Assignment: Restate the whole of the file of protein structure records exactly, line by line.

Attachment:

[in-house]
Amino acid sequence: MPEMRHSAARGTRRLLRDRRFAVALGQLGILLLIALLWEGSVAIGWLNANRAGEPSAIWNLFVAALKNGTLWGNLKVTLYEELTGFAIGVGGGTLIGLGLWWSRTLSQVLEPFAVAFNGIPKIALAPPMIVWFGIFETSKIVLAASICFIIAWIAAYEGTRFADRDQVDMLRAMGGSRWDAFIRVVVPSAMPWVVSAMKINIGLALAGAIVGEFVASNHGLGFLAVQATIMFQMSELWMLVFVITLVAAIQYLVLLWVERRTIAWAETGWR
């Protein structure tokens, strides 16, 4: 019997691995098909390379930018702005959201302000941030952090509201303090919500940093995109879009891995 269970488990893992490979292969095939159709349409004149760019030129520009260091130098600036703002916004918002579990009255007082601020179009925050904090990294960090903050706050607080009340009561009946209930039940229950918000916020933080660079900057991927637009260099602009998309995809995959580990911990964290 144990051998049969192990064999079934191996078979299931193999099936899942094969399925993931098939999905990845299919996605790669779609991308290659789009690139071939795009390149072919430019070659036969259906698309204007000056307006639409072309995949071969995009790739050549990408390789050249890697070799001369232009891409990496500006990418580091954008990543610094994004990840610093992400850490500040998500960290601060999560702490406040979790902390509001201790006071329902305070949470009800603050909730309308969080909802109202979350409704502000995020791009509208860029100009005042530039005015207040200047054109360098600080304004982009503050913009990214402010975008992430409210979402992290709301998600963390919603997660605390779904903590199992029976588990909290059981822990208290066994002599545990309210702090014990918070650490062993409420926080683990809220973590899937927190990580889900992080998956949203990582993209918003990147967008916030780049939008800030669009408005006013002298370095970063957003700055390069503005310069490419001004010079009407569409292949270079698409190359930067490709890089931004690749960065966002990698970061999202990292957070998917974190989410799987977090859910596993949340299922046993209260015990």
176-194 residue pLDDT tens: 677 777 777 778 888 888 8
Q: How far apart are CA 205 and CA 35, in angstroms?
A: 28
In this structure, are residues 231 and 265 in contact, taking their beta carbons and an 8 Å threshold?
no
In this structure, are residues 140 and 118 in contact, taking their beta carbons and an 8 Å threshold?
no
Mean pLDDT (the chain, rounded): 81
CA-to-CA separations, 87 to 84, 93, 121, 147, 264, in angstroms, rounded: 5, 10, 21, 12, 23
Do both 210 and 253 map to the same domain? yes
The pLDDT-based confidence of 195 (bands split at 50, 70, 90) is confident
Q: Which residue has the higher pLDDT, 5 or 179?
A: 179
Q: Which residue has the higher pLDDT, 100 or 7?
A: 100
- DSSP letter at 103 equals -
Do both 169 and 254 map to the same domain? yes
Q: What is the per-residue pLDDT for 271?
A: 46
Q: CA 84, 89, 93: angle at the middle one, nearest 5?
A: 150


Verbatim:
[in-house]
Amino acid sequence: MPEMRHSAARGTRRLLRDRRFAVALGQLGILLLIALLWEGSVAIGWLNANRAGEPSAIWNLFVAALKNGTLWGNLKVTLYEELTGFAIGVGGGTLIGLGLWWSRTLSQVLEPFAVAFNGIPKIALAPPMIVWFGIFETSKIVLAASICFIIAWIAAYEGTRFADRDQVDMLRAMGGSRWDAFIRVVVPSAMPWVVSAMKINIGLALAGAIVGEFVASNHGLGFLAVQATIMFQMSELWMLVFVITLVAAIQYLVLLWVERRTIAWAETGWR
């Protein structure tokens, strides 16, 4: 019997691995098909390379930018702005959201302000941030952090509201303090919500940093995109879009891995 269970488990893992490979292969095939159709349409004149760019030129520009260091130098600036703002916004918002579990009255007082601020179009925050904090990294960090903050706050607080009340009561009946209930039940229950918000916020933080660079900057991927637009260099602009998309995809995959580990911990964290 144990051998049969192990064999079934191996078979299931193999099936899942094969399925993931098939999905990845299919996605790669779609991308290659789009690139071939795009390149072919430019070659036969259906698309204007000056307006639409072309995949071969995009790739050549990408390789050249890697070799001369232009891409990496500006990418580091954008990543610094994004990840610093992400850490500040998500960290601060999560702490406040979790902390509001201790006071329902305070949470009800603050909730309308969080909802109202979350409704502000995020791009509208860029100009005042530039005015207040200047054109360098600080304004982009503050913009990214402010975008992430409210979402992290709301998600963390919603997660605390779904903590199992029976588990909290059981822990208290066994002599545990309210702090014990918070650490062993409420926080683990809220973590899937927190990580889900992080998956949203990582993209918003990147967008916030780049939008800030669009408005006013002298370095970063957003700055390069503005310069490419001004010079009407569409292949270079698409190359930067490709890089931004690749960065966002990698970061999202990292957070998917974190989410799987977090859910596993949340299922046993209260015990």
176-194 residue pLDDT tens: 677 777 777 778 888 888 8
Q: How far apart are CA 205 and CA 35, in angstroms?
A: 28
In this structure, are residues 231 and 265 in contact, taking their beta carbons and an 8 Å threshold?
no
In this structure, are residues 140 and 118 in contact, taking their beta carbons and an 8 Å threshold?
no
Mean pLDDT (the chain, rounded): 81
CA-to-CA separations, 87 to 84, 93, 121, 147, 264, in angstroms, rounded: 5, 10, 21, 12, 23
Do both 210 and 253 map to the same domain? yes
The pLDDT-based confidence of 195 (bands split at 50, 70, 90) is confident
Q: Which residue has the higher pLDDT, 5 or 179?
A: 179
Q: Which residue has the higher pLDDT, 100 or 7?
A: 100
- DSSP letter at 103 equals -
Do both 169 and 254 map to the same domain? yes
Q: What is the per-residue pLDDT for 271?
A: 46
Q: CA 84, 89, 93: angle at the middle one, nearest 5?
A: 150